- I managed to score a MAJOR gig with Hewlett-Packard US$150K/yr teaching Java, JSP, Servlets in June 2001. But that ended up going down the tubes after 6 months. Shame, because I had a bunch of fun with the job, even though it involved 80+ hour work weeks.
- I took the entire summer of 2002 off - and went flyfishing in Montana, Wyoming, Utah and managed to pay bills by tying flies and guiding folks on their fishing trips.
- I scored a new gig (current job) in Nov 2002, with the help from a JavaRanch member. Job pays about half what Hewlett-Packard did - but we may/may not get some serious bonus $$ thrown in which would sweeten the pot quite a bit. One of my big benefits now is that we only work 40 hours a week. We go home at 5PM (not 5:10PM either).
- I also teach at a technical school 2 nights a week - and pull down an extra US$1500/month doing that.

========
That being said. Yes, there are Java jobs out there. But you gotta look hard for them.
The people who are having the most trouble right now are the H1B folks (economy, feelings about war, and the 9/11 mess). Next in line are the recent college graduates with no experience - they too are finding it extremely difficult to land work.
If you have 2 or 3 yrs Java experience under your belt, then you can find work - but it's a lot harder now than it was 2 yrs ago.
I remember when I put my resume out in July 2000 and had like 50 phone calls the first day. Sure miss the good times.
-----------
So what am I doing to prepare for the future?
I am in the process of converting our current programs from Visual Age for Java to WSAD v4.0 then to WSAD v5.0 (Great transferrable job skills). Also in process of upgrading code to latest versions of WebSphere Application Serverl.
I teach school at night --- teaching networking and telecommunications -- basically learning as I go (although I had telecom courses at Lucent).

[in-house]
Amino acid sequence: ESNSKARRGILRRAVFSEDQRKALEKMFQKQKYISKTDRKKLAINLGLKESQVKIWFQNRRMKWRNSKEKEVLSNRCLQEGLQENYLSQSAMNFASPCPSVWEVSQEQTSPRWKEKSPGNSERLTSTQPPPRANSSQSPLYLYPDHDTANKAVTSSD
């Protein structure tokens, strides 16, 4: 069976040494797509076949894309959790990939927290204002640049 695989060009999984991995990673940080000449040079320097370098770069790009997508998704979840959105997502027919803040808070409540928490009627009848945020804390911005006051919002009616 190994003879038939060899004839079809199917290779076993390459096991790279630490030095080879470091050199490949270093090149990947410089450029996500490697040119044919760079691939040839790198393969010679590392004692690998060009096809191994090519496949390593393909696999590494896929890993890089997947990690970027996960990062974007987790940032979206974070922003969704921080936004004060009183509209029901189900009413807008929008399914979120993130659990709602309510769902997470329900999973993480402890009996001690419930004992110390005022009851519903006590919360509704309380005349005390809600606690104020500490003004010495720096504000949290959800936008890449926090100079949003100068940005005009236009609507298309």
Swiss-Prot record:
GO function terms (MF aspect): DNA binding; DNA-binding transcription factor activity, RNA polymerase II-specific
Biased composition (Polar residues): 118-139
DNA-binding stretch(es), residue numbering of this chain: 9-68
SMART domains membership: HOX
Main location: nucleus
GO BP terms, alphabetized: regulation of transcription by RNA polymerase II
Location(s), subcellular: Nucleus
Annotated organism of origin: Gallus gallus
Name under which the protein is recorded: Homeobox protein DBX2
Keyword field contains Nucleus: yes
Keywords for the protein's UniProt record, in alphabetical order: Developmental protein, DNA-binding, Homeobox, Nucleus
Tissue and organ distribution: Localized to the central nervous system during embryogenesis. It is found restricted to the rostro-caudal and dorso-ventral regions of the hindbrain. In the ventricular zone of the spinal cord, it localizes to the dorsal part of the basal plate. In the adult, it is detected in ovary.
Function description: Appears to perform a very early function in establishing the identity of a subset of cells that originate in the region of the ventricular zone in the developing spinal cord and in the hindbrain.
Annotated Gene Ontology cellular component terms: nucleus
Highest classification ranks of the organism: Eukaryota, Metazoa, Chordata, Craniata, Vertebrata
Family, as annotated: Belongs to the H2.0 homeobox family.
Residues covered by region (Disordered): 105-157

I am starting nursing school next year - where I fly every other weekend between Indiana and Syracuse, NY. Only place in USA where I can do clinicals on weekends.
Will graduate in 2007 with Associates in Nursing (can sit for RN degree).
Then will go for Bachelors in Nursing. Then do a year or two of ICU (Critical Care). Then go for CRNA (Nurse Anesthesiologist).
----
Those are my plans.
----
If nothing else, I will do nursing on the side, in addition to current profession. Am hoping to make the switch (eventually) to full-time CRNA school (very competitive to get into) 5 or 6 yrs from now.
When I get CRNA degree - takes 2 yrs full time study - then I will say bye bye to Java and then do the travelling CRNA gig.
CRNA's get about US$150K-US$200K/yr. Can go to www.gasworks.com (seriously) and look at the pay rates.
If nothing else, it's just something else to keep me busy for the next few years.
John Coxey
(jpcoxey@aol.com)
[ April 09, 2003: Message edited by: John Coxey ]
Mark Herschberg
Sheriff

Joined: Dec 04, 2000
Posts: 6037
Originally posted by Tim Holloway:
Actually, after finally managing to cut my resume DOWN to 3 pages or less, I read something that said that now that resumes are considered as objects to be scanned and rejected by machine without necessarily ever being seen by a human being a short resume wasn't always an asset. If it's short, you probably left out some of the "magic buzzwords" that will get you past the first wall for weeding out the competent in HR.
THEN they can reject you for the length of your resume.

This is somewhat true. Large companies will scan in resumes and have their own internal resume database (I know IBM did this, at least for college recruiting). A small company is unlikely to do this. Bottom line: know your audiance and act accordingly.
--Mark
Matt Cao
Ranch Hand

Joined: Apr 03, 2003
Posts: 715
Hi John,
I think you will not quite say bye bye to Java though. As you gain the lingo of healthcare profession, you will end up train people who develop programs for hospital.
Think this way if all of us IT veteran join the nursing program and ends up as RNs. Where do the hospital put all the Philipinas and all the third world country people already employed there.
Just my 2 cents!
MCao
Matt Cao
Ranch Hand

Joined: Apr 03, 2003
Posts: 715
Hello,
I agreed with Mark known your audience and act accordingly.
I don't know much about you folks, I rather stick with small company who thrive on nich market nowaday.